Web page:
Copyright

Lewis Hine Lesson Plan

Instructor: Artem Cheprasov

Artem has a doctor of veterinary medicine degree.

This lesson plan provides a quiz, discussion topics and questions, an activity, a mini-activity, as well as a vocabulary activity that will help students appreciate the work of Lewis Hine and the issues surrounding child labor in general.

Learning Objectives

Once students have completed this lesson, they should be able to:

  • identify Lewis Hine's work and its impact
  • discuss the nature of child labor and why it's wrong
  • think through the effects child labor had on the individual and society as a whole

Length

1 - 1.5 hours

Materials

Curriculum Standards

  • CCSS.ELA-Literacy.SL.8.1

Engage effectively in a range of collaborative discussions (one-on-one, in groups, and teacher-led) with diverse partners on grade 8 topics, texts, and issues, building on others' ideas and expressing their own clearly.

  • CCSS.ELA-Literacy.RI.8.2

Determine a central idea of a text and analyze its development over the course of the text, including its relationship to supporting ideas; provide an objective summary of the text.

Instructions

Warm Up Vocabulary Activity

  • Put the following term on the board:
    • Child labor
  • Have students come up to the board and put down a definition of what they think child labor is.
  • Reconcile all of these definitions as a class to come up with one final solid definition for child labor.
  • Have students copy this definition down into their notebook.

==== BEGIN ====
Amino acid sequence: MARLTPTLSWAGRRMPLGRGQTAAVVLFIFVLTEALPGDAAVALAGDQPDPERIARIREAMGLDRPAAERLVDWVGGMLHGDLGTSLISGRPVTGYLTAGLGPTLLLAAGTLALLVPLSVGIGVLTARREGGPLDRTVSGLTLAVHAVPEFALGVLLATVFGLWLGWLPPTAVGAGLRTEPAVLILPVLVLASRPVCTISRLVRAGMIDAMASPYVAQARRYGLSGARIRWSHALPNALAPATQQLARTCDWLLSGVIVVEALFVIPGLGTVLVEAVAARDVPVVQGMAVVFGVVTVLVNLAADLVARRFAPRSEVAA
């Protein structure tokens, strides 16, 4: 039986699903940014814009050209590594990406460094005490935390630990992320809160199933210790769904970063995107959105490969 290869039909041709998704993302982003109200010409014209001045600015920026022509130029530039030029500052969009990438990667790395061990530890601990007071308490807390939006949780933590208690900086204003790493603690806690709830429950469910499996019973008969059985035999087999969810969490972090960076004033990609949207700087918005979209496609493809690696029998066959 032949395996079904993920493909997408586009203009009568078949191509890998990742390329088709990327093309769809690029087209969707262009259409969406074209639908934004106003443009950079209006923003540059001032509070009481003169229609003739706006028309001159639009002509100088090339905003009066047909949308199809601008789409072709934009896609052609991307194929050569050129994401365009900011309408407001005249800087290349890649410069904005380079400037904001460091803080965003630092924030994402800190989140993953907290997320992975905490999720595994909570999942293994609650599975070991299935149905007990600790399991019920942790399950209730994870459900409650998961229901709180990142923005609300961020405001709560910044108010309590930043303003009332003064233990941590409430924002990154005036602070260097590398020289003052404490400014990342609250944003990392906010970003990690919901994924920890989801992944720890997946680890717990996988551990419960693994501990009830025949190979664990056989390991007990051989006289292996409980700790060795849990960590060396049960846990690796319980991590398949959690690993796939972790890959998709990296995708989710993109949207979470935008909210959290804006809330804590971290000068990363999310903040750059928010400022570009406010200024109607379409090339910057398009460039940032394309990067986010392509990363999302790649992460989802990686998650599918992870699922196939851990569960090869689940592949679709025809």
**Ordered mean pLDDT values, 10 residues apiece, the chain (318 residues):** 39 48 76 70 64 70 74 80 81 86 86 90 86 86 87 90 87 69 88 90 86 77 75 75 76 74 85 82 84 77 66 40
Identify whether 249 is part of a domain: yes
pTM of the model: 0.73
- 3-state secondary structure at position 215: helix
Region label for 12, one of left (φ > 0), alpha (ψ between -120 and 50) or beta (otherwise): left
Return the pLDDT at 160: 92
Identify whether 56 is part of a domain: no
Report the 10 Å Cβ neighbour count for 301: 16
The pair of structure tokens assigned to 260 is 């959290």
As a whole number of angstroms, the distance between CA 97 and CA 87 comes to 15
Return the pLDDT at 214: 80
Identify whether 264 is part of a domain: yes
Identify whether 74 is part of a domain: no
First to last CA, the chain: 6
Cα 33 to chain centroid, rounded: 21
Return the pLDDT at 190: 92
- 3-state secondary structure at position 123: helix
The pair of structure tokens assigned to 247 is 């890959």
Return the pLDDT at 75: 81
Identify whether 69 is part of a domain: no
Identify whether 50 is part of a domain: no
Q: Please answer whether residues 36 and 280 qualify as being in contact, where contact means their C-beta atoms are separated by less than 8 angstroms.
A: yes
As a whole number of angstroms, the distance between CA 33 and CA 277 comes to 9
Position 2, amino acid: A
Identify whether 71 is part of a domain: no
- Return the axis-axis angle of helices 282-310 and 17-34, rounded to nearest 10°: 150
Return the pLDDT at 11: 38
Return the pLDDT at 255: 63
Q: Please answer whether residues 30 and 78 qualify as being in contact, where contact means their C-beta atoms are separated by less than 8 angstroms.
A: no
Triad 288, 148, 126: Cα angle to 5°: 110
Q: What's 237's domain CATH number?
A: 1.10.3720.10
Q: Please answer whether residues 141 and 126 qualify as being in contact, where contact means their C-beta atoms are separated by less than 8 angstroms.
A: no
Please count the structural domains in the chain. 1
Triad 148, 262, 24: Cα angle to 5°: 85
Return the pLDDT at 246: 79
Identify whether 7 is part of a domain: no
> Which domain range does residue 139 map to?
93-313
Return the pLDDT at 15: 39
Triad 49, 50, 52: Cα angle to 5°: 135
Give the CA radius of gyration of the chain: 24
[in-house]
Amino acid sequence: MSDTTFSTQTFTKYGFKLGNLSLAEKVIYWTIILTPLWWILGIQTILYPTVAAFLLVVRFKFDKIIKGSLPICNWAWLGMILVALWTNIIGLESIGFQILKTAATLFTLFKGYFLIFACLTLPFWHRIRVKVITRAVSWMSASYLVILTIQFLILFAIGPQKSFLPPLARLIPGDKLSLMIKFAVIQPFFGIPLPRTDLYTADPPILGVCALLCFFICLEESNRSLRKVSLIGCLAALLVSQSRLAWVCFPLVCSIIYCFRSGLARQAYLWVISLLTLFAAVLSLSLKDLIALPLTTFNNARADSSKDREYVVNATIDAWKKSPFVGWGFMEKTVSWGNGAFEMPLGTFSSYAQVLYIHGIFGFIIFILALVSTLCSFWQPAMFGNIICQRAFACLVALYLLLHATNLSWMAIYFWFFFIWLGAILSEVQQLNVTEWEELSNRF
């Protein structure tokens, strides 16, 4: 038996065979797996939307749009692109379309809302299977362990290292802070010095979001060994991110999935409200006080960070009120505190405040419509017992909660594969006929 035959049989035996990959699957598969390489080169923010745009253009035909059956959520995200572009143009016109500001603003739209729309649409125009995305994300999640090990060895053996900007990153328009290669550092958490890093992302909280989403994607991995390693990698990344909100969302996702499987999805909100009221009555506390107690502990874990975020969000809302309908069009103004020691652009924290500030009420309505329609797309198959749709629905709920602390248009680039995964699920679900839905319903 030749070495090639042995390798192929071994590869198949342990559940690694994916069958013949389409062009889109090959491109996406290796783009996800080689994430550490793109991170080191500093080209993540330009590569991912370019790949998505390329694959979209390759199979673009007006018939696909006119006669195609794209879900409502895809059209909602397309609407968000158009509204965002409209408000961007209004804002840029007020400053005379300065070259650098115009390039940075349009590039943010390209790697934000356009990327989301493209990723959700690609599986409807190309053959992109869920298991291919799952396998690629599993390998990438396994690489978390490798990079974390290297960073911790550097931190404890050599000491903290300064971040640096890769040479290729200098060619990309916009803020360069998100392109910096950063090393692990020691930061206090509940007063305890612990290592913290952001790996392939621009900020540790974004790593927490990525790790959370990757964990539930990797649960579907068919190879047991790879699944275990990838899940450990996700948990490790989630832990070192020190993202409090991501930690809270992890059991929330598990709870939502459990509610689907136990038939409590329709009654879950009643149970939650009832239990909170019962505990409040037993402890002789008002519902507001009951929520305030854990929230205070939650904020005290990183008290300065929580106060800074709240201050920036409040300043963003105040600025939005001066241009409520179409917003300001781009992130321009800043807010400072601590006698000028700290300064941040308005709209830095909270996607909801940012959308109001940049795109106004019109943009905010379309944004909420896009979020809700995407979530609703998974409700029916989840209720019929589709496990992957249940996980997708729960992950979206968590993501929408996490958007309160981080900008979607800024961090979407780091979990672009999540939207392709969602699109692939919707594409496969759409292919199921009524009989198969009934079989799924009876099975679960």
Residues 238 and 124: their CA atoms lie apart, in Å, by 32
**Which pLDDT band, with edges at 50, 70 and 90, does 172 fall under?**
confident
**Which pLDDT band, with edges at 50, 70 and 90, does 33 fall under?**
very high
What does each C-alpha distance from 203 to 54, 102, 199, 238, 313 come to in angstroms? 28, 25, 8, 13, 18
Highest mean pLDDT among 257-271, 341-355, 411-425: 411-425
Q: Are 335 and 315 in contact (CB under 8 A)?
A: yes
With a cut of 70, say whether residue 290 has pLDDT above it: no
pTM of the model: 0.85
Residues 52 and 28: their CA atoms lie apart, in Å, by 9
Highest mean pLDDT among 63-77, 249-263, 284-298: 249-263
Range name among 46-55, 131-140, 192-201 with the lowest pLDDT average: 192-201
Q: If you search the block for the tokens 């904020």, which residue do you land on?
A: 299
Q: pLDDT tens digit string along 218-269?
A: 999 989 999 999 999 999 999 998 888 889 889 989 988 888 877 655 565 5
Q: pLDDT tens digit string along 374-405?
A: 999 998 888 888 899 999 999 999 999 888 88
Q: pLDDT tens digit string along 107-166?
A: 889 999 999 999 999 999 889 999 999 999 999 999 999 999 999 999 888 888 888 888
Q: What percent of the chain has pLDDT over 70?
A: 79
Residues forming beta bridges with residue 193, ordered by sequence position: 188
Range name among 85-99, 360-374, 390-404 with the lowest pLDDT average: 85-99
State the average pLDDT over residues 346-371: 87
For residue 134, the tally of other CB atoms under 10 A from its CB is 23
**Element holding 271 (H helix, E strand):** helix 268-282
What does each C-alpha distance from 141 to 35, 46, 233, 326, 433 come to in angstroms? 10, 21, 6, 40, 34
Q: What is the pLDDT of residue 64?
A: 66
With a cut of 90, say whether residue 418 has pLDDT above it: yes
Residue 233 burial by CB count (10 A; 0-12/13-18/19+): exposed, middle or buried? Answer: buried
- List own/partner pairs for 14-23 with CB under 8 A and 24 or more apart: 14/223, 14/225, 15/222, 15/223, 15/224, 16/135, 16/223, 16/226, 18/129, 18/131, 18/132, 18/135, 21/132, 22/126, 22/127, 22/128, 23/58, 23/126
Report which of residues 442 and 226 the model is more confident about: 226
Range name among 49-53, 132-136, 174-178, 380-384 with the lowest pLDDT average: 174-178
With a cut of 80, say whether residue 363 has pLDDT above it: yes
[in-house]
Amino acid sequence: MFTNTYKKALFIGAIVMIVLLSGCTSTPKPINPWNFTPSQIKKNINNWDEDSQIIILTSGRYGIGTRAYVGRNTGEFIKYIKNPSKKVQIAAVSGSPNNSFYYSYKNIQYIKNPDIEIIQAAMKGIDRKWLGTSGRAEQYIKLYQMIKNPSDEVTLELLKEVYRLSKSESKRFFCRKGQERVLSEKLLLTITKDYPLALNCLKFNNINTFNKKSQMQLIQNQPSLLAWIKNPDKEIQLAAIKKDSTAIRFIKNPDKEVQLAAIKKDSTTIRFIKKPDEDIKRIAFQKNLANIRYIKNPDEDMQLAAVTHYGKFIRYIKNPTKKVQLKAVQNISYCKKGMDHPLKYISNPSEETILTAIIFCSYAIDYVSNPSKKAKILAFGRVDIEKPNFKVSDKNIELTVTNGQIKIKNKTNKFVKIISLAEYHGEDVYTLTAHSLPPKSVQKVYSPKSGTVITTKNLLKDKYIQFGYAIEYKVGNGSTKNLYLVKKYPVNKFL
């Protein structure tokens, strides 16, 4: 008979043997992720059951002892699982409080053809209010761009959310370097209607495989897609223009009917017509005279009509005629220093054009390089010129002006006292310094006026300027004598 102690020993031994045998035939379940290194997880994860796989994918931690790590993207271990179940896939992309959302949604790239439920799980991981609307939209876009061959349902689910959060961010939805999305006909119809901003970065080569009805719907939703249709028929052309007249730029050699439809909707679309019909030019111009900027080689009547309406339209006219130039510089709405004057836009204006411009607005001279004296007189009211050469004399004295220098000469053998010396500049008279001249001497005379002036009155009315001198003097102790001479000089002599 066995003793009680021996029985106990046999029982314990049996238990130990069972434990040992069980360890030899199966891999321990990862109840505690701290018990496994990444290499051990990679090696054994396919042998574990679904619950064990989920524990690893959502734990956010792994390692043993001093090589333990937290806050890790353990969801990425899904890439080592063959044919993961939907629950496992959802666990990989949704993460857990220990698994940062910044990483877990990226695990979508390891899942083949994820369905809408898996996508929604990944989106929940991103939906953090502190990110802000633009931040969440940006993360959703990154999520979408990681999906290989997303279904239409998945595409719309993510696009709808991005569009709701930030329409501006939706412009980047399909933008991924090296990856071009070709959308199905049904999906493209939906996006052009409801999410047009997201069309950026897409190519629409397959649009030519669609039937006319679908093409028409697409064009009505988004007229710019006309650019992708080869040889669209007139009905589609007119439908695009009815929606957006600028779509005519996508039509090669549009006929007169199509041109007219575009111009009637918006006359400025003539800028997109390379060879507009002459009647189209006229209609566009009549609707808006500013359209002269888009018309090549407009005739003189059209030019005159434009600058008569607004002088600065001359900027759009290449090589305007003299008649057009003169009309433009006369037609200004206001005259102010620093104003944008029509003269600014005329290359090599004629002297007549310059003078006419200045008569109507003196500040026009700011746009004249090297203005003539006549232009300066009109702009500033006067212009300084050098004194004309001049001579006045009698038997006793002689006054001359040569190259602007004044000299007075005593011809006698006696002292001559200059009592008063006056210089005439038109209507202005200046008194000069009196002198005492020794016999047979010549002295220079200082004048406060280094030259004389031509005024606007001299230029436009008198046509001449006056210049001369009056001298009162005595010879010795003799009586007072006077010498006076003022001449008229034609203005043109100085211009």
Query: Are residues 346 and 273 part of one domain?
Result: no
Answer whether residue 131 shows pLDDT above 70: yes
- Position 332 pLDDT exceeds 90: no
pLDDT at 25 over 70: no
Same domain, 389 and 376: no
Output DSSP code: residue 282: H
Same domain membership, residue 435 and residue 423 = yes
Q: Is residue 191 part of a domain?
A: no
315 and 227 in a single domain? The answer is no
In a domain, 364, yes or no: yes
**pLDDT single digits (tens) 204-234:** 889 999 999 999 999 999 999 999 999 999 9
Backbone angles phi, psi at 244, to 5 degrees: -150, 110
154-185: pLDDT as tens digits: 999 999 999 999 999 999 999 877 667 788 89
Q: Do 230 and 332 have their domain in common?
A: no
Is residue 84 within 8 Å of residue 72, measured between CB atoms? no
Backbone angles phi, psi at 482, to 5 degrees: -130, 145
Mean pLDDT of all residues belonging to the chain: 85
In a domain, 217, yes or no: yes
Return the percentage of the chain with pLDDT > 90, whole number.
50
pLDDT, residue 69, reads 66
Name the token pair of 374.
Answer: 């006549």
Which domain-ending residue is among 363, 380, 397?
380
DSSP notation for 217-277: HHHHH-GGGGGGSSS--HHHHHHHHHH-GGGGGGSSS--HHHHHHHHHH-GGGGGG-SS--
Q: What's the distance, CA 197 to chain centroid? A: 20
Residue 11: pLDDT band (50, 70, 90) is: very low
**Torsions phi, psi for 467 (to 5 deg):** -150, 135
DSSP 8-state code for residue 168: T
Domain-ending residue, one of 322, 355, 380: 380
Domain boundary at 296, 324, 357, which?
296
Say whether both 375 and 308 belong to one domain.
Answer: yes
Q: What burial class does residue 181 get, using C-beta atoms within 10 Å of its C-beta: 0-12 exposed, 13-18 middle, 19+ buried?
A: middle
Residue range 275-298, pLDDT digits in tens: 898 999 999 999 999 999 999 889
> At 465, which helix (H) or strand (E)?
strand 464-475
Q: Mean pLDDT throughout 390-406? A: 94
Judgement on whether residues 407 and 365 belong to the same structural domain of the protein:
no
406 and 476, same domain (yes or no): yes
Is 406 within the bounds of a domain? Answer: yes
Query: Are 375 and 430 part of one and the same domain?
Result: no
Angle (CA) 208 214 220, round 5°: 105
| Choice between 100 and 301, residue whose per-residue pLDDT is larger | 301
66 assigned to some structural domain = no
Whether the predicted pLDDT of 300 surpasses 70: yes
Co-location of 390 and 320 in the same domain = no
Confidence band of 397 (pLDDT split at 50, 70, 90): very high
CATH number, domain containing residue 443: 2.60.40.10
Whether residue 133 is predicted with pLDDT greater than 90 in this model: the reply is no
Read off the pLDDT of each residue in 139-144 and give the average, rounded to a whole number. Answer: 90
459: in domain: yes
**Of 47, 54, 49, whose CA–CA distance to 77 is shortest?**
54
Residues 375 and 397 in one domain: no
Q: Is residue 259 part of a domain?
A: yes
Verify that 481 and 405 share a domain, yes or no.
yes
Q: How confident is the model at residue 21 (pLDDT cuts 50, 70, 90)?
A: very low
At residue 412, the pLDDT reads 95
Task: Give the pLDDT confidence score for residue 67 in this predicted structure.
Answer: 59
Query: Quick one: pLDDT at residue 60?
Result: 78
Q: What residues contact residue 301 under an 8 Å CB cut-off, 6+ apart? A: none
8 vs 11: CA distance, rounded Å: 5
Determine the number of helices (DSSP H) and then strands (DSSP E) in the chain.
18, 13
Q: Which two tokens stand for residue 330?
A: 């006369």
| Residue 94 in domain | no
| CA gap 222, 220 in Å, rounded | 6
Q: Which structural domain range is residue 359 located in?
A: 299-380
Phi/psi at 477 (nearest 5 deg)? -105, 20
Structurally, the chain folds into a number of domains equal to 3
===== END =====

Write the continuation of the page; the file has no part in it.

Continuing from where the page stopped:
• Place the following terms and their definitions up on the board for students to copy down as well:
    • Lew Hine
    • Industrial revolution
    • National Child Labor Committee
    • Fair Labor Standards Act
    • Exploitation

Discussion & Mini-Activities

  • Pass out the handout of the lesson text on Lewis Hine's Photographs on Child Labor.
  • Have students read it independently or as a class, discuss:
    • Where did children work in the late 19th and early 20th centuries?
    • What was the purpose of the NCLC?
  • Activity: Have each student describe what they did as an 8-year-old kid on a regular summer weekend and compare that to what an 8-year-old kid may have done on a summer weekend in 1900.
  • Now, discuss the many reasons for why children were used in the labor force.
  • Activity: Have each student write a reason for why a child should not be forced into labor. They should think through the immediate consequences (like potential for injury) with future ones (like an early death from that injury). Another example is a lack of education (immediate) with a weak economy (future) due to an uneducated workforce. Each student should present their thoughts to the rest of the class.

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